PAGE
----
The simultaneous evaporation and condensation of multiple volatile components from multicomponent aerosol droplets leads to changes in droplet size, composition and temperature. Measurements and models that capture and predict these dynamic aerosol processes are key to understanding aerosol microphysics in a broad range of contexts. We report measurements of the evaporation kinetics of droplets (initially ~25 µm radius) formed from mixtures of ethanol and water levitated within a electrodynamic balance over timescales spanning 500 ms to 6 s. Measurements of evaporation into a gas phase of varied relative humidity and temperature are shown to compare well with predictions from a numerical model. We show that water condensation from the gas phase can occur concurrently with ethanol evaporation from aqueous-ethanol droplets. Indeed, water can condense so rapidly during the evaporation of a pure ethanol droplet in a humid environment, driven by the evaporative cooling the droplet experiences, that the droplet becomes pure water within 0.4 s.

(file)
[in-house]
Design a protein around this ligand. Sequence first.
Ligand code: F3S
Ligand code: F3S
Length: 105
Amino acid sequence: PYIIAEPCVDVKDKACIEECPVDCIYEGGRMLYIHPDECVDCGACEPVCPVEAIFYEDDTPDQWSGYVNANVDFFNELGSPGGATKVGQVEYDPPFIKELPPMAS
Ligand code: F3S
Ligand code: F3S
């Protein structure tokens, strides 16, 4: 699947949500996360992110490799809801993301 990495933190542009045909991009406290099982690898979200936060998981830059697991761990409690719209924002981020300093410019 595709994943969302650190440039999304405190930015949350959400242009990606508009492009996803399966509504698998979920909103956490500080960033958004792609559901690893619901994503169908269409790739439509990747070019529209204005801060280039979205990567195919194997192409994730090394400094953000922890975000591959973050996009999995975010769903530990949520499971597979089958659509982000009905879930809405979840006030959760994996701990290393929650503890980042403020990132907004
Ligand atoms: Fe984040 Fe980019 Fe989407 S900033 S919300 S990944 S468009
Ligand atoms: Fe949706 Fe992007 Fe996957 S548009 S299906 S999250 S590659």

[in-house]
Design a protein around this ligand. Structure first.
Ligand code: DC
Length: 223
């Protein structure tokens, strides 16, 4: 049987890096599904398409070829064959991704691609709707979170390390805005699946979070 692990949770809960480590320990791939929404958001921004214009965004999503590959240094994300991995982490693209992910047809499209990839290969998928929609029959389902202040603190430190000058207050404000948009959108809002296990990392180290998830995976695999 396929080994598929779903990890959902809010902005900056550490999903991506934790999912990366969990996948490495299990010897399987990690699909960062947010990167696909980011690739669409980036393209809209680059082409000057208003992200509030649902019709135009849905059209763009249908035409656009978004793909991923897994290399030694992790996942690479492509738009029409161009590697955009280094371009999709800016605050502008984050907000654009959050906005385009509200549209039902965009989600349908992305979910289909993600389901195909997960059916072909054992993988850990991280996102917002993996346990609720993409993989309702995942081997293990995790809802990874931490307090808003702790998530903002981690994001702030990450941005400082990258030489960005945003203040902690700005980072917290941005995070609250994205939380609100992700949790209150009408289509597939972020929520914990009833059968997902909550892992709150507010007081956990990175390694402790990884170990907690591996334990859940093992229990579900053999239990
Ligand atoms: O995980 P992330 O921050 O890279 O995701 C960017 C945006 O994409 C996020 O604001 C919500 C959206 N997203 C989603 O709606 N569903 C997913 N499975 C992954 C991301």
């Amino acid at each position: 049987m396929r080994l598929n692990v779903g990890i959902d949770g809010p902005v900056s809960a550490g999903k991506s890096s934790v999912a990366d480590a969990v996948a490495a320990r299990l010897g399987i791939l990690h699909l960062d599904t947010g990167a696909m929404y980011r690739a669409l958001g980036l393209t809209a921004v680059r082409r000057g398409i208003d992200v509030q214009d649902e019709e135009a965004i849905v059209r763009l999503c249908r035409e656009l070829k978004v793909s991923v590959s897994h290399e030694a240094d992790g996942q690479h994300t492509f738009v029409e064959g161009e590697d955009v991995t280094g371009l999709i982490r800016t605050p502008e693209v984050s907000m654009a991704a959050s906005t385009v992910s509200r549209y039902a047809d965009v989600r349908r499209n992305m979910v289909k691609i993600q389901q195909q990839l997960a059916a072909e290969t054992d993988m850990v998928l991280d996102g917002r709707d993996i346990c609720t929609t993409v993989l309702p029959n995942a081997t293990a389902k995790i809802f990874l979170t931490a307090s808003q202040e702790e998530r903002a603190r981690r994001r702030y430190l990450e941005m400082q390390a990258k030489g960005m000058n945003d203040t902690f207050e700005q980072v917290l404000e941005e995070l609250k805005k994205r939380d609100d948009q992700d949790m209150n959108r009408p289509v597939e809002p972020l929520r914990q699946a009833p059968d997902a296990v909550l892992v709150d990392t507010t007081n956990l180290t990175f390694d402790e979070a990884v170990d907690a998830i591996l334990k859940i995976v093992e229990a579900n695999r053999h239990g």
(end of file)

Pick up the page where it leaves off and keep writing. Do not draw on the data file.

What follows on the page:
|Date made available||10 Apr 2019|
|Publisher||University of Bristol|
Reid, J. (Creator), Haddrell, A. (Creator), Miles, R. (Creator) (10 Apr 2019). Studies of Competing Evaporation Rates of Multiple Volatile Components from a Single Binary-Component Aerosol Droplet. University of Bristol. 10.5523/bris.hodiu7ak0ha62jeoruuz0qcwk